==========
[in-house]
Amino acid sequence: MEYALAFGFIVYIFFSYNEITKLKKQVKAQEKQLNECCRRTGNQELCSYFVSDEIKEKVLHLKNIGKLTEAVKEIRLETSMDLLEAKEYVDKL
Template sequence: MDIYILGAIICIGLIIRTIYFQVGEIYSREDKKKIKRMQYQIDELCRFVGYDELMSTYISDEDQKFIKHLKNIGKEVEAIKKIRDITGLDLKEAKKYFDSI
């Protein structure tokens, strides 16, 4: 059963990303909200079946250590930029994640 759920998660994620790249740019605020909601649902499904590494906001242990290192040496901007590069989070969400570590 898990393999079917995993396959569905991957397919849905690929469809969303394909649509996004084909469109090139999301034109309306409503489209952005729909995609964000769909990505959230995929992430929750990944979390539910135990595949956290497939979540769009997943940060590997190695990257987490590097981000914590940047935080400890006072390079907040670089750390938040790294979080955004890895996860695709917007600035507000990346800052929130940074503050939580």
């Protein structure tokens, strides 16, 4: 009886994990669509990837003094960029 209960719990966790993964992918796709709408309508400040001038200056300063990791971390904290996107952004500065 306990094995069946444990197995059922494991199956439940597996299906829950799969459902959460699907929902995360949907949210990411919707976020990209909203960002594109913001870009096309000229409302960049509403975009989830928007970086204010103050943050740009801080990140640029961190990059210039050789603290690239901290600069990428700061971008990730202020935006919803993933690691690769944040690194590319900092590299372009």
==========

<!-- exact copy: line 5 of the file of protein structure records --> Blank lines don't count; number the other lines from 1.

């Protein structure tokens, strides 16, 4: 009886994990669509990837003094960029 209960719990966790993964992918796709709408309508400040001038200056300063990791971390904290996107952004500065 306990094995069946444990197995059922494991199956439940597996299906829950799969459902959460699907929902995360949907949210990411919707976020990209909203960002594109913001870009096309000229409302960049509403975009989830928007970086204010103050943050740009801080990140640029961190990059210039050789603290690239901290600069990428700061971008990730202020935006919803993933690691690769944040690194590319900092590299372009």